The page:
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A lie of omission—withholding needed information to correct a false belief.
There is a sharp and more hostile divide emerging in the United States. The shift is documented by various polls, and the speed of the change is alarming. There are certainly contributing factors, but one factor is unique to the contemporary era: receiving the majority of our information via social media experiences. Media algorithms, and to some extent overt censorship, serve users curated content that is unlike what their neighbors receive.
Lies of Omission brings together various perspectives on the causes and effects of the divided information streams. Psychology and neuroscience, combined with some historical jurisprudence, are woven together to spell out the dangers of the modern social media experience. Importantly, the human response can be understood as rooted in our psychology and neurochemistry.
In part two of the book, eight hot button issues that have provoked deep divisions among American citizens are presented as well-researched, opposing-view chapters with a goal to lay bare the extent of the disinformation gap that we are living in. With the rise of ephemeral smart media, and the associated displacement of the permanently printed word, it is rare to have a clear idea of what persons who do not share our opinions actually believe, or why.
The decimation of communal information sources is nearly complete. What can one do? One concrete step is to turn some of your attention away from curated, impermanent news and read a book. Read this book. Dr. Catherine DeSoto spells out why it is worth our time to be informed regarding the issues we care about: something your phone’s curated media will never do for you. Open your mind to the quaint idea that one is not informed unless one understands the opposing view.
Surprising all-new research regarding the political divide and the pandemic is included. Together with over 150 references, this book will be the definitive source documenting the effects of the media algorithm revolution.
About the Author
Catherine DeSoto, PhD, is a professor, psychologist, and award-winning teacher and scholar, as well as the mother of four. Dr. DeSoto’s expertise encompasses social psychology, gender differences, and neuroscience, particularly relating to neuroendocrine effects on behavior. She has published over forty scholarly articles on topics ranging from sex differences to health and immunity, which have collectively been cited over 2,000 times. She has run a homeless shelter, served as union president, and has a long history of political and social activism.
“Dr. DeSoto has provided a clear-headed, engaging, and much needed discussion and analysis of the current political and ideological divides and the factors that worsen them. The mixture of psychological and biological biases with social-media-driven distortions creates the perfect storm that exacerbates divisions, and in doing so undermines social cohesion. Dr. DeSoto explores how this toxic mix is affecting us in the context of today’s hot-button issues. This important book is a must read.” — David C. Geary, author of Children's Mathematical Development and contributor to the 1999 Mathematics Framework for California Public Schools; Curators' Distinguished Professor, Department of Psychological Sciences and Interdisciplinary Neuroscience, University of Missouri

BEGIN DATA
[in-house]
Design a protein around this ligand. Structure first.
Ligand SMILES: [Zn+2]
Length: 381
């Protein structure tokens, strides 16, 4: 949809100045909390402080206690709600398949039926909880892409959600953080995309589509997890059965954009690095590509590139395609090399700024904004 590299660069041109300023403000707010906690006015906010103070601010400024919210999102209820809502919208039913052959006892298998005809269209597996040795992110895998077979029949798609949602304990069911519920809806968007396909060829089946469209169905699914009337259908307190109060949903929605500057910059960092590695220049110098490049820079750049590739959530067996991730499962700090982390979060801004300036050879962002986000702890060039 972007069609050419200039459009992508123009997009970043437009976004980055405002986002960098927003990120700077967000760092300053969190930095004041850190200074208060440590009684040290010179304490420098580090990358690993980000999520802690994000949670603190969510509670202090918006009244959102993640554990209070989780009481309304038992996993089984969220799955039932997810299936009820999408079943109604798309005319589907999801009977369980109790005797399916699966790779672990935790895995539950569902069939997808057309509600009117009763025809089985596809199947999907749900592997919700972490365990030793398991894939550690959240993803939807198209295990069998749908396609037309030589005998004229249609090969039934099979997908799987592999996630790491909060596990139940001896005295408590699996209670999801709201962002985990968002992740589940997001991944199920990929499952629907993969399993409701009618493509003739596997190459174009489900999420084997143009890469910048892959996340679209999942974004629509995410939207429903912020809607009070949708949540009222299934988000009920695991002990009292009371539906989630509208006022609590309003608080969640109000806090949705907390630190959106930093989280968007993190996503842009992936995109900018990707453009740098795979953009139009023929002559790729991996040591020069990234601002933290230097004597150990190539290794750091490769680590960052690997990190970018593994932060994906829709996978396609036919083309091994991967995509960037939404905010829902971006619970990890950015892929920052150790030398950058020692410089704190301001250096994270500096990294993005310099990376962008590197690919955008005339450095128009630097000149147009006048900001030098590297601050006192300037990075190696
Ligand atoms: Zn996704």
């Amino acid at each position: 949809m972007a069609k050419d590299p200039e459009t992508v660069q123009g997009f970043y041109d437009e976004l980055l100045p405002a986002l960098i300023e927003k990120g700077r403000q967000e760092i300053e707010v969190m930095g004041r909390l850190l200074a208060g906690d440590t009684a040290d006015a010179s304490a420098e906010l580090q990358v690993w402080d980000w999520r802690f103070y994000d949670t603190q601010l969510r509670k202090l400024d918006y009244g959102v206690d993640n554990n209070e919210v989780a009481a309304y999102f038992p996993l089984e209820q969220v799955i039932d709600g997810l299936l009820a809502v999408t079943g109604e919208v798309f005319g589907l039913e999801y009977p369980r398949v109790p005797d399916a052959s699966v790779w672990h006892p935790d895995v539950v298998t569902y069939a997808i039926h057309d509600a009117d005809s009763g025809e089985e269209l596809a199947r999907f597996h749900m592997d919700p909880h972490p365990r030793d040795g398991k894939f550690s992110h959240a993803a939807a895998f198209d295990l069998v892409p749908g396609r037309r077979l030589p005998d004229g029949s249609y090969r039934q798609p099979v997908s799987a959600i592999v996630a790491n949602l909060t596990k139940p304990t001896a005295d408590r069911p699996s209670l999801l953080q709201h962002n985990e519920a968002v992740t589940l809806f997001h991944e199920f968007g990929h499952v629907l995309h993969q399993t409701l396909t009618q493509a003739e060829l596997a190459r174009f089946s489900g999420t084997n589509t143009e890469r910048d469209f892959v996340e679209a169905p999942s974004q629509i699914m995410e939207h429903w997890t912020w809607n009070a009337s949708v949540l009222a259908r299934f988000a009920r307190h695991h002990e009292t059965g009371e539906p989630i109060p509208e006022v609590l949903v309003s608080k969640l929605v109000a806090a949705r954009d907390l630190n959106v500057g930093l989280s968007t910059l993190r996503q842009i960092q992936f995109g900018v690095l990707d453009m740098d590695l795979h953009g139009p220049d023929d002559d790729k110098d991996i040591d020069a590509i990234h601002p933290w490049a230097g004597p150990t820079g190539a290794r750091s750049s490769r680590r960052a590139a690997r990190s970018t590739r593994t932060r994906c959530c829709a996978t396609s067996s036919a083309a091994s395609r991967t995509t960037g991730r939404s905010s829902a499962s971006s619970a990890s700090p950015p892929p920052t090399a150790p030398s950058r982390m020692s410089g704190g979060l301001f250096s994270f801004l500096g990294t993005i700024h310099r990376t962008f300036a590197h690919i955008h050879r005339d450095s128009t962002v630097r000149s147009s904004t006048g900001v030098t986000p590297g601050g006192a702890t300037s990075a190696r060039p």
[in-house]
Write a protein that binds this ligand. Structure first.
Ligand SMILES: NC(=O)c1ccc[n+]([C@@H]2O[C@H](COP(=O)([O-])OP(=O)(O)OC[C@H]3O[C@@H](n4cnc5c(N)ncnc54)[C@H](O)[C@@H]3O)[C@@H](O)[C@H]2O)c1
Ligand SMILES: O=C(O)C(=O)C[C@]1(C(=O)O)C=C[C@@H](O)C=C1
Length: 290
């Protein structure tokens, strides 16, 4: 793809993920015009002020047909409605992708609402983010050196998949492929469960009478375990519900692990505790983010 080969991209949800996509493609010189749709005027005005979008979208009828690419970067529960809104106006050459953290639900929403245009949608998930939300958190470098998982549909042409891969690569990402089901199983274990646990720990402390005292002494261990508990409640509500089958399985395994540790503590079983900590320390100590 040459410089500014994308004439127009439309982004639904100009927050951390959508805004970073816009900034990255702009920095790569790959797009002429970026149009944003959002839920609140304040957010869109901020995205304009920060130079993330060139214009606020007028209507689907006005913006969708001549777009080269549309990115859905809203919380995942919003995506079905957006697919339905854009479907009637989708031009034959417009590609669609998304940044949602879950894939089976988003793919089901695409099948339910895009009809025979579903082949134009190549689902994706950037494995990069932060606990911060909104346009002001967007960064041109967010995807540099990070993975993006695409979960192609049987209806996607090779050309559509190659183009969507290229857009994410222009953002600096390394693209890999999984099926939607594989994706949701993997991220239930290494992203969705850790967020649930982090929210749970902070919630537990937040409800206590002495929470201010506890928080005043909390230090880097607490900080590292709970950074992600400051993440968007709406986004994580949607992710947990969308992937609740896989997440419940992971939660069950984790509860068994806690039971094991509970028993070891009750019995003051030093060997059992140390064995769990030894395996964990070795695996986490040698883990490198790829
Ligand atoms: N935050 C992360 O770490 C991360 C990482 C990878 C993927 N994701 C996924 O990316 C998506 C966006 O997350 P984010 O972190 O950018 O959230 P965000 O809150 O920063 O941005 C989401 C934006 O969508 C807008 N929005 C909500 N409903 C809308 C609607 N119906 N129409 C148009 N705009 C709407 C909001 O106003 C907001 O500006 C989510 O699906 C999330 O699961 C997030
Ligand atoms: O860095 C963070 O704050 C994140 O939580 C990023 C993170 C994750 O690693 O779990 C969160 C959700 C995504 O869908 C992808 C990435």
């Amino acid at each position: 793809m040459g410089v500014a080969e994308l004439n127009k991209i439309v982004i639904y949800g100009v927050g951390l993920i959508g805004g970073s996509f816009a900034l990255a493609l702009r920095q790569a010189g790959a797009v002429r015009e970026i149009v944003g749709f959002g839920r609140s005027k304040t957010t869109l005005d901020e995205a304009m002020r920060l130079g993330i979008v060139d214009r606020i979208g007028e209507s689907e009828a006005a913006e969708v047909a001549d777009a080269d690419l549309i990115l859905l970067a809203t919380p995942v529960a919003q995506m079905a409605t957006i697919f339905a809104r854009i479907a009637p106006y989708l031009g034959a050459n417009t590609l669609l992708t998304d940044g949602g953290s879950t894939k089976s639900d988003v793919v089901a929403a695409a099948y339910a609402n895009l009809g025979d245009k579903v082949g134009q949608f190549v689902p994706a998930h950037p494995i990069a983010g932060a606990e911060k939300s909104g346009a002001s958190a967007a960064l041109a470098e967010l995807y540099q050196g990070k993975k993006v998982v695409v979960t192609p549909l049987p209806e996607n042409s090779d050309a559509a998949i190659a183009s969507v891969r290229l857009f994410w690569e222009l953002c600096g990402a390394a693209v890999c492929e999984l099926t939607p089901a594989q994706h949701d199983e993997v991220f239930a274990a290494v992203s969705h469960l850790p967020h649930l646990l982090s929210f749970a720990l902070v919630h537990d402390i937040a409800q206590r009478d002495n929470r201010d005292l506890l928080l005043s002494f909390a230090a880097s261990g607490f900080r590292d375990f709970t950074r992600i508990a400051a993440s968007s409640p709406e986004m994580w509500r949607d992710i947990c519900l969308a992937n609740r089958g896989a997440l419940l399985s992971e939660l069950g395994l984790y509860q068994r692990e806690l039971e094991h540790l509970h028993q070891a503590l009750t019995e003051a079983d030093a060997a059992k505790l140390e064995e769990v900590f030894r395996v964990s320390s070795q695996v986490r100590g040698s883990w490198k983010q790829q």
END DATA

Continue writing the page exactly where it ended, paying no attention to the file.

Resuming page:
"The freedom of speech is founded on the notion that in the marketplace of ideas, the truth will eventually prevail. But in the world of digital media platforms like Google, YouTube, Facebook, Twitter, TikTok, and Instagram, we may never find the truth, as cleverly devised algorithms narrow what we see and hear, and reward our blindered journey with persistent positive reinforcement. Psychology scholar Catherine DeSoto draws upon social psychology and our neural circuitry to explain how we are being increasingly polarized by our media feeds." —Christopher R. Martin, professor of digital media, University of Northern Iowa, and author of No Longer Newsworthy: How the Mainstream Media Abandoned the Working Class
“In Lies of Omission, Catherine DeSoto has written something as timely as it is important. As Professor DeSoto explains in detail, and with examples covering a number of critical and polarizing issues of the day, our very democracy is in jeopardy from a prevailing culture of intolerance and lack of curiosity for opposing views. But this culture, DeSoto explains, has not arisen out of nowhere. It has been created, and cultivated on a daily basis, by news outlets and social media companies that increase sales and views, and therefore, profits by providing information—many times with missing pieces and context—which affirms our own biases and encourages anger and even hatred for others who do not share these biases. What is lost in the process is truth and honest inquiry and debate, which are the very bedrock of any functioning democracy. We are left with a society torn asunder by tribal-like divisions that prevent us from grappling with and solving the very important issues of our day—some of these issues being literally life and death. This book will make you question what is true and factual in the world, and whether you have a viable path for discerning such things. But this is good. Like Plato sitting in the cave and wondering about how much the shadows on the walls accurately represent reality, we too must ask such important philosophical questions in a world where the shadows, through advanced technology and intentional manipulation, are becoming ever larger and leading us farther and farther away from truths that we must discover to save our very world.” —Dan Kovalik, labor and human rights lawyer, and author of Cancel This Book and No More War